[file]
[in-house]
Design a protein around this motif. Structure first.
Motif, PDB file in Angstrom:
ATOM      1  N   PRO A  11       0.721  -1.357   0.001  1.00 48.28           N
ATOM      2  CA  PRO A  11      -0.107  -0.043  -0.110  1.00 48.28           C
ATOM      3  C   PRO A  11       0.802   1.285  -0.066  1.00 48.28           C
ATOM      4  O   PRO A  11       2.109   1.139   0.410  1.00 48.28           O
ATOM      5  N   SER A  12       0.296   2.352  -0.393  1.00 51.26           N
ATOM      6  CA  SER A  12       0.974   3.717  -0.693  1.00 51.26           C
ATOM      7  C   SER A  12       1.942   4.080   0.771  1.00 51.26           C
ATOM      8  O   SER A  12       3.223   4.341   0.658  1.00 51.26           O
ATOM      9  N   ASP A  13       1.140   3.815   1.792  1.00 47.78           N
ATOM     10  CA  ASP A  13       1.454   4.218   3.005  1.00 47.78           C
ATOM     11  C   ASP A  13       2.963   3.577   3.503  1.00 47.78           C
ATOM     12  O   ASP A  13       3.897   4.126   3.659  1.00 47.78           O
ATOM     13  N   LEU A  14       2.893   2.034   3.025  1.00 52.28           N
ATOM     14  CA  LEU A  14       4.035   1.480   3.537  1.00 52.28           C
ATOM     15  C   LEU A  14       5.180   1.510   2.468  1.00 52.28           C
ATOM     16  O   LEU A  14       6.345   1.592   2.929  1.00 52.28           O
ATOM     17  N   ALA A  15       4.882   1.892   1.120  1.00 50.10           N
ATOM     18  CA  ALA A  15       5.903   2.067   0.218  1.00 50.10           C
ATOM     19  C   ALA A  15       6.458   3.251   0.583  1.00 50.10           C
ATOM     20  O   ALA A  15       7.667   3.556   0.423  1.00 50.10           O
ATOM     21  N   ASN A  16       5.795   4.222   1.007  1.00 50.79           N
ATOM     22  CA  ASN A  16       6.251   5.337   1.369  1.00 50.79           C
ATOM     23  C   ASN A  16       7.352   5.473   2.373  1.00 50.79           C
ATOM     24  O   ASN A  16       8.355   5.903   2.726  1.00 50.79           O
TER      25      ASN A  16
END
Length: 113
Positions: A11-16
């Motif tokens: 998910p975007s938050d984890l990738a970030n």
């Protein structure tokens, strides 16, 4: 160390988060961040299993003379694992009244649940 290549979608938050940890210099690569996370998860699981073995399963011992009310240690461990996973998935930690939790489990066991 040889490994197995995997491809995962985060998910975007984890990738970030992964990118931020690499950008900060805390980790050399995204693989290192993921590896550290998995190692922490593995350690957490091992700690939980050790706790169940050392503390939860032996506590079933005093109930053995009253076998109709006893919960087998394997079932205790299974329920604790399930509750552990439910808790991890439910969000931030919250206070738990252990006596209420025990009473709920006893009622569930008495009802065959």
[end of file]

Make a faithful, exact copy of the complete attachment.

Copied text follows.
[in-house]
Design a protein around this motif. Structure first.
Motif, PDB file in Angstrom:
ATOM      1  N   PRO A  11       0.721  -1.357   0.001  1.00 48.28           N
ATOM      2  CA  PRO A  11      -0.107  -0.043  -0.110  1.00 48.28           C
ATOM      3  C   PRO A  11       0.802   1.285  -0.066  1.00 48.28           C
ATOM      4  O   PRO A  11       2.109   1.139   0.410  1.00 48.28           O
ATOM      5  N   SER A  12       0.296   2.352  -0.393  1.00 51.26           N
ATOM      6  CA  SER A  12       0.974   3.717  -0.693  1.00 51.26           C
ATOM      7  C   SER A  12       1.942   4.080   0.771  1.00 51.26           C
ATOM      8  O   SER A  12       3.223   4.341   0.658  1.00 51.26           O
ATOM      9  N   ASP A  13       1.140   3.815   1.792  1.00 47.78           N
ATOM     10  CA  ASP A  13       1.454   4.218   3.005  1.00 47.78           C
ATOM     11  C   ASP A  13       2.963   3.577   3.503  1.00 47.78           C
ATOM     12  O   ASP A  13       3.897   4.126   3.659  1.00 47.78           O
ATOM     13  N   LEU A  14       2.893   2.034   3.025  1.00 52.28           N
ATOM     14  CA  LEU A  14       4.035   1.480   3.537  1.00 52.28           C
ATOM     15  C   LEU A  14       5.180   1.510   2.468  1.00 52.28           C
ATOM     16  O   LEU A  14       6.345   1.592   2.929  1.00 52.28           O
ATOM     17  N   ALA A  15       4.882   1.892   1.120  1.00 50.10           N
ATOM     18  CA  ALA A  15       5.903   2.067   0.218  1.00 50.10           C
ATOM     19  C   ALA A  15       6.458   3.251   0.583  1.00 50.10           C
ATOM     20  O   ALA A  15       7.667   3.556   0.423  1.00 50.10           O
ATOM     21  N   ASN A  16       5.795   4.222   1.007  1.00 50.79           N
ATOM     22  CA  ASN A  16       6.251   5.337   1.369  1.00 50.79           C
ATOM     23  C   ASN A  16       7.352   5.473   2.373  1.00 50.79           C
ATOM     24  O   ASN A  16       8.355   5.903   2.726  1.00 50.79           O
TER      25      ASN A  16
END
Length: 113
Positions: A11-16
């Motif tokens: 998910p975007s938050d984890l990738a970030n």
């Protein structure tokens, strides 16, 4: 160390988060961040299993003379694992009244649940 290549979608938050940890210099690569996370998860699981073995399963011992009310240690461990996973998935930690939790489990066991 040889490994197995995997491809995962985060998910975007984890990738970030992964990118931020690499950008900060805390980790050399995204693989290192993921590896550290998995190692922490593995350690957490091992700690939980050790706790169940050392503390939860032996506590079933005093109930053995009253076998109709006893919960087998394997079932205790299974329920604790399930509750552990439910808790991890439910969000931030919250206070738990252990006596209420025990009473709920006893009622569930008495009802065959």